This brought a Washington Ireland Programme for Service and Leadership internship in 2000, under Republican Congressman Peter King. The New York representative’s politics were centrist in American terms – where socialism is still a dirty word – but included an enduring commitment to state infrastructure, such as rail, while maintaining a conservative attitudes to same-sex marriage and abortion.
Ironically, given his current identification with liberal causes such as marriage equality, and the repeal of the Eighth Amendment, Leo appears to have initially drawn from the same conservative playbook. In 2010 he argued in relation to abortion services that ‘it isn’t the child’s fault that they’re the child of rape’; while on the question of marriage equality he once argued: ‘Every child has the right to a mother and father and, as much as is possible, the state should vindicate the right’. He even courted Ronan Mullen for a time, inviting him to address a constituency meeting in 2007 on the issue of civil partnerships (Ryan and O’Connor, 2018, pp. 131, 169 and 170).
Varadkar is a late convert to social liberalism, but he remains a fiscal conservative. In power he has evinced little enthusiasm for government investment, including describing rail travel as being for romantics. Thus far Leo-Liberalism has entailed doing very little to alter Irish society. Inactivity in office might be considered an attribute, but this predisposition suggests little will be done to tackle the current housing crisis, or address Ireland’s runaway Greenhouse Gas Emissions.
II – Double-Jobbing?
Leo Varadkar is a preternatural politician, an exotic insider who has, with great alacrity, climbed the greasy pole to become the youngest Taoiseach in the history of the state, while others around him floundered. In achieving this impressive feat he has displayed unmatched understanding of the dark political arts, which Niccolò Machiavelli believed necessary to advance a politician’s ends. But the Renaissance Italian warns his Prince to shun flatterers.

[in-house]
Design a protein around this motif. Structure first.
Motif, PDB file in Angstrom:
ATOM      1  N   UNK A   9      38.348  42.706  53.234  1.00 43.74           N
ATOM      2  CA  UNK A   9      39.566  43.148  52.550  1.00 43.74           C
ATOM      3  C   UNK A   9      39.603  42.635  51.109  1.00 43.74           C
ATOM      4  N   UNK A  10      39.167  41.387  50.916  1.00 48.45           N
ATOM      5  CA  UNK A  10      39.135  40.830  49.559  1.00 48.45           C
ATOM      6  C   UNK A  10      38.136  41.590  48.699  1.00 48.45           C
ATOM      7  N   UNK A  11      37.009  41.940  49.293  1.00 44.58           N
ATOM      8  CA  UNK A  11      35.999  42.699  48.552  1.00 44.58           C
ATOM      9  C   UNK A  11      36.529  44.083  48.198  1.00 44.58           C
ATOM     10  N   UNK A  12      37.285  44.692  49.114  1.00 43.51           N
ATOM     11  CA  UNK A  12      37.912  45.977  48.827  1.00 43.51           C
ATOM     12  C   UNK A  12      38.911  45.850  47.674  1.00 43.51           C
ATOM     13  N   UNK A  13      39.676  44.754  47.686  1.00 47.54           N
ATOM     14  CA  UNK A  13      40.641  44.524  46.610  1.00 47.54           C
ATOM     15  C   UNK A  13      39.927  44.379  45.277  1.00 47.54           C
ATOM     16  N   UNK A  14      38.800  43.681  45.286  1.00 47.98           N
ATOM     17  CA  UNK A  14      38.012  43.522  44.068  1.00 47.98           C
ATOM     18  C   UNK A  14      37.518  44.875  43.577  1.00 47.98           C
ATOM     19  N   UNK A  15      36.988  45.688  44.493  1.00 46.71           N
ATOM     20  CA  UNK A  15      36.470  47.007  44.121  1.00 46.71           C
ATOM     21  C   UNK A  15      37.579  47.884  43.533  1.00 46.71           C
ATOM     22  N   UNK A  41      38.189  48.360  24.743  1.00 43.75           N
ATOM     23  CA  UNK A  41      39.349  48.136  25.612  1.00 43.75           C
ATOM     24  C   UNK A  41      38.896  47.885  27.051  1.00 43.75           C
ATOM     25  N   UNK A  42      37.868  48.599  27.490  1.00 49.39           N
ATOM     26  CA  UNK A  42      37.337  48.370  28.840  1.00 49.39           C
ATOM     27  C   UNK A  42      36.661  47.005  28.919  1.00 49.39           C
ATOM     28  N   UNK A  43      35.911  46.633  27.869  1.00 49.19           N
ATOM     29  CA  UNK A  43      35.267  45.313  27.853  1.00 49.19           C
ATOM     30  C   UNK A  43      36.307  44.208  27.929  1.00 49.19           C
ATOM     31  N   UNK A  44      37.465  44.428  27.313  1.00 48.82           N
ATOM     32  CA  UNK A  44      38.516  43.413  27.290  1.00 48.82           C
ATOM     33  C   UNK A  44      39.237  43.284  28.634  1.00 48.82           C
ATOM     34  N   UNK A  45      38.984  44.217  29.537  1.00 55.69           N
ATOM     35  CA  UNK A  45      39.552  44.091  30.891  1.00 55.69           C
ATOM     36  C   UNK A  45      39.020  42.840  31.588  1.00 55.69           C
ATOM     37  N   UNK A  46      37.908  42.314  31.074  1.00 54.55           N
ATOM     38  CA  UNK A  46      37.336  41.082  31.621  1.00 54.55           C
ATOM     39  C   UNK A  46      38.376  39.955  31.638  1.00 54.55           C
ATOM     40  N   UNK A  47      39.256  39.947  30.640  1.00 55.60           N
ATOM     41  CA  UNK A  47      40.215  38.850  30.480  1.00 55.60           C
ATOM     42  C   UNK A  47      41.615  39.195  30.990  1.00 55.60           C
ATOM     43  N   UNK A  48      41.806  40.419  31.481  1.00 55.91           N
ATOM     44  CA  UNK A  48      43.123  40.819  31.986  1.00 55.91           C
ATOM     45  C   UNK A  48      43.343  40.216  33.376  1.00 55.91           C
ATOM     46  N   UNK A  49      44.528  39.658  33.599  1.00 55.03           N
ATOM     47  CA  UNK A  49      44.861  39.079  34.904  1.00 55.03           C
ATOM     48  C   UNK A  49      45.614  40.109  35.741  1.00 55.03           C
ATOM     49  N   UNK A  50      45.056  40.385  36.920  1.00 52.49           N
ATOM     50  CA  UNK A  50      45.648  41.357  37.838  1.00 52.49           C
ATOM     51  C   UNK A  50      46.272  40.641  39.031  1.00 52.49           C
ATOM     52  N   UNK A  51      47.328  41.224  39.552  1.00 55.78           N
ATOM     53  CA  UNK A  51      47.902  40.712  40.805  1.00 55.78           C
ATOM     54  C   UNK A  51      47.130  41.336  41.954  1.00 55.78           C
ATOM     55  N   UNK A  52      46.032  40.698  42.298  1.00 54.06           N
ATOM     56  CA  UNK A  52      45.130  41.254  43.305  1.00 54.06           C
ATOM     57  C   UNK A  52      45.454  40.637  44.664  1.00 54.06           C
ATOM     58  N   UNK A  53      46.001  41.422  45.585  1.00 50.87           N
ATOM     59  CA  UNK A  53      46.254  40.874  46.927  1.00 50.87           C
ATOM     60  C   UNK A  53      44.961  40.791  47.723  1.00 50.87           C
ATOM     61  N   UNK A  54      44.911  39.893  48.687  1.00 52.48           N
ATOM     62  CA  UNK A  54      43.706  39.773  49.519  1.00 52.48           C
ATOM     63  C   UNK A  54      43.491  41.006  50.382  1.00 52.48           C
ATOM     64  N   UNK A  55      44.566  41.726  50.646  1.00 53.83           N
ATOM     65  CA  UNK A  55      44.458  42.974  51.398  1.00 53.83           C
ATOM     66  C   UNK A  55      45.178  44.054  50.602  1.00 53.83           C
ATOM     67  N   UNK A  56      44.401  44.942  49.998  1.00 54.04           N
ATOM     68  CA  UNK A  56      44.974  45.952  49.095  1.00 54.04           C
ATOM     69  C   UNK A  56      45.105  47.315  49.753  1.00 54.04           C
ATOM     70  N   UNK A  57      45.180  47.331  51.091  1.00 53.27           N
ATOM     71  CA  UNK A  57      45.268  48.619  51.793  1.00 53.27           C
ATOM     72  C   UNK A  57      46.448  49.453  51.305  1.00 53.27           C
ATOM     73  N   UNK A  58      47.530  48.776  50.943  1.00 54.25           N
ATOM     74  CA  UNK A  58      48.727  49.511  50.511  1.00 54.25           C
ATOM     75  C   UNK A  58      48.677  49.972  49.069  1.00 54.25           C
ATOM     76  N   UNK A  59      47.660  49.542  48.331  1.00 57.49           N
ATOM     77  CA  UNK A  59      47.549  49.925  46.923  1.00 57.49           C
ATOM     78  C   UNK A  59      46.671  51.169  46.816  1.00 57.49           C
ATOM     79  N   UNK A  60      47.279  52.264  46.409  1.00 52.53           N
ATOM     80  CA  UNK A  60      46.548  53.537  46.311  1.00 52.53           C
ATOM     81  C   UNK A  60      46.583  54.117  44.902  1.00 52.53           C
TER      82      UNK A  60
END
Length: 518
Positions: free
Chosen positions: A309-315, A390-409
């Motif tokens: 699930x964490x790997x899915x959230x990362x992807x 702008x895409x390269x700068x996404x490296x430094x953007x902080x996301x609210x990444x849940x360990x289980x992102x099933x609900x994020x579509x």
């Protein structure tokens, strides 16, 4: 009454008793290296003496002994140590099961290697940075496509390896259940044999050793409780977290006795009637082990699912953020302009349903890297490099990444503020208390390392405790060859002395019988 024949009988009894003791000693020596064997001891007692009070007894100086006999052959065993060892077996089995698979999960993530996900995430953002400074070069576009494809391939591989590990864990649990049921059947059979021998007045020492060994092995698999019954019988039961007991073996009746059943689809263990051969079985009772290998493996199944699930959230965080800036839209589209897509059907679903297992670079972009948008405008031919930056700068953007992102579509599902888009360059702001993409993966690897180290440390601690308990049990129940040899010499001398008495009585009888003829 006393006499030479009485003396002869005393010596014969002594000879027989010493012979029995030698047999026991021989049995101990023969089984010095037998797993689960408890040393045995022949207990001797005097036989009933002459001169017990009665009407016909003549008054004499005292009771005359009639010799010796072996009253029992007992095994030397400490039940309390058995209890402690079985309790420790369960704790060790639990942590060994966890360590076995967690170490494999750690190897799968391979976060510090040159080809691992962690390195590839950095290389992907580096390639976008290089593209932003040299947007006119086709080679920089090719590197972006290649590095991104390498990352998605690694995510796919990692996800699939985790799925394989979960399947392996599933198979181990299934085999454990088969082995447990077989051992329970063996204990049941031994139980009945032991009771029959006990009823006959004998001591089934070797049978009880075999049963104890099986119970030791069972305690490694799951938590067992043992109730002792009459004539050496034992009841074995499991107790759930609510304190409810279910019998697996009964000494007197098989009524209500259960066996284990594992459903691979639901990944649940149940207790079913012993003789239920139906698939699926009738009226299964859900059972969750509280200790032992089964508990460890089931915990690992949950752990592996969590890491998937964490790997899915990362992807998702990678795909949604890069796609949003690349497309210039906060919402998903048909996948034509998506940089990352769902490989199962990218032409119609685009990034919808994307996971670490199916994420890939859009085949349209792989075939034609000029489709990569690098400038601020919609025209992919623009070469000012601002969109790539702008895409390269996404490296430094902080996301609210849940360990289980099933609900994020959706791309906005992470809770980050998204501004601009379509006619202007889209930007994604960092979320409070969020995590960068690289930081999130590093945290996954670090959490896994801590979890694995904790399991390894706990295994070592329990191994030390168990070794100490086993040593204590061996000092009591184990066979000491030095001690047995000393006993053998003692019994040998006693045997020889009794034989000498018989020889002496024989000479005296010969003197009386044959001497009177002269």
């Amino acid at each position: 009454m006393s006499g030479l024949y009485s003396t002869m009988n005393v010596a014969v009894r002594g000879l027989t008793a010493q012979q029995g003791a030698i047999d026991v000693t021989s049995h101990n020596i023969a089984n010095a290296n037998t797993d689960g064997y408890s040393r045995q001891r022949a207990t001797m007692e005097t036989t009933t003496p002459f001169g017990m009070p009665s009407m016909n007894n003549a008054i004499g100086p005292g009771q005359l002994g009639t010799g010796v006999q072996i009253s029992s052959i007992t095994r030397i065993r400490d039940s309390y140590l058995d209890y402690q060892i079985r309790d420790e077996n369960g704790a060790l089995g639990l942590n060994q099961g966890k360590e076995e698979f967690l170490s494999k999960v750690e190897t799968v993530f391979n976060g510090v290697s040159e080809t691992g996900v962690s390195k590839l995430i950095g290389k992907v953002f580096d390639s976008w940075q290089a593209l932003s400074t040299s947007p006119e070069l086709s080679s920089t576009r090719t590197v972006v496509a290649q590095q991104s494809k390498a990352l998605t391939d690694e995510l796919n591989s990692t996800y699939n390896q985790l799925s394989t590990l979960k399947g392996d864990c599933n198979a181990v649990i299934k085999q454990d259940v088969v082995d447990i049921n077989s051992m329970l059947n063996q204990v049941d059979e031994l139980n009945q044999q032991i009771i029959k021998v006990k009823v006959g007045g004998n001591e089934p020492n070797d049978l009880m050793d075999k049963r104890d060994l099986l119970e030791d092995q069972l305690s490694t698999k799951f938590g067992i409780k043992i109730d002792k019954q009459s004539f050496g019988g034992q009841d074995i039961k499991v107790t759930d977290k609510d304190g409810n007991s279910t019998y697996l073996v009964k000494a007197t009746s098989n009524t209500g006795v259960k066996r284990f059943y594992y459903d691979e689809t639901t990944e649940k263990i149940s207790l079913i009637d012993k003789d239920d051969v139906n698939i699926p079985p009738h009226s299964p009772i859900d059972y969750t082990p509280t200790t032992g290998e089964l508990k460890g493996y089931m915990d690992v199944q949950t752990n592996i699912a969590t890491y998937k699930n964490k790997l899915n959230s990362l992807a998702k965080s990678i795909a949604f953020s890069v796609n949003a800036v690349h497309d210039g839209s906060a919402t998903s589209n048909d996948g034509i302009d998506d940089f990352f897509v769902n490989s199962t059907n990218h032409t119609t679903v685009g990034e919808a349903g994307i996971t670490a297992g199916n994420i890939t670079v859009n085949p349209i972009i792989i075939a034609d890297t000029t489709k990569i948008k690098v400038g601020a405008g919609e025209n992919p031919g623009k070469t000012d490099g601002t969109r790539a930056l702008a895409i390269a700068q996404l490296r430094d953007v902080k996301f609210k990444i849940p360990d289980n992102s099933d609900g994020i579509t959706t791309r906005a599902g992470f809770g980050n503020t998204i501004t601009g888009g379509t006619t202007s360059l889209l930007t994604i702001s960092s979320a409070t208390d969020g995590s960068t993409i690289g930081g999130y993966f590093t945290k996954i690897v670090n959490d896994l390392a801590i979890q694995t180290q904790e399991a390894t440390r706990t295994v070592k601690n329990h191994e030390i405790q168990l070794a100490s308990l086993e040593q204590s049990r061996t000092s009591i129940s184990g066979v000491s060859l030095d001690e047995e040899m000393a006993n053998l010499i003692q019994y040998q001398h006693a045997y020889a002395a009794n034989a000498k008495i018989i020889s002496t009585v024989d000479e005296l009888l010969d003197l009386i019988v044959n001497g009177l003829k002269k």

A recent biography Leo: Leo Varadkar – A Very Modern Taoiseach casts Varadkar as ‘the tall, dark and handsome’ icon of the new Ireland, whose ‘photographic memory’ (a facility also once attributed to Garret FitzGerald) allowed him to waltz through a medical degree on this way to high political office (Ryan and O’Connor, 2018, pp. 15 and 39). This ‘young foggy’ honed his abilities in the trenches of student politics alongside comrades, many of whom have now fallen by the wayside – a recurring theme throughout his career – such as Lucinda Creighton.
The two young authors appear close to the subject, to the point where dispassionate assessment is not apparent: one, Niall O’Connor, was recently appointed a special adviser to the Ministry of Defence; the other Phillip Ryan is deputy political editor across the titles of the generally pro-government Independent Newspaper group, owned by Denis O’Brien.
The book was published by Biteback Publishing, partly owned by Tory grandee and billionaire Lord Ashcroft, which also released a biography of David Cameron Call Me Dave: The Unauthorised Biography of David Cameron (Bitback, London, 2015), co-written by Ashcroft himself, alongside works attacking the Labour Party under Jeremy Corbyn.
But as any historian is aware, an apparently tainted source may nonetheless yield valuable evidence. Time will tell whether our Prince has erred in allowing damaging material to enter the public domain.
In his review of the book Diarmuid Ferriter drew attention to a passage explaining how Varadkar: ‘floated the idea to one TD of creating anonymous accounts to make positive comments under online stories on popular news websites.’ But it seems likely that this going on in political parties across the board.
Far worse was Varadkar’s conduct while Minister for Social Protection (2016-17), where he launched an advertising campaign against welfare ‘cheats’. In the meantime he used the Department as a launchpad for his leadership bid, after first hatching an escape from the ‘Angola’ of Health.
An unnamed adviser relates how visits to Intreos, Department offices located in every county, were used to further his ambition to lead Fine Gael: ‘Social protection was great for us … We travelled everywhere. We went to every parish hall. Every councillor we got to meet. The campaign indirectly started when we were meeting councillors’ (Ryan and O’Connor, 2018, p.254)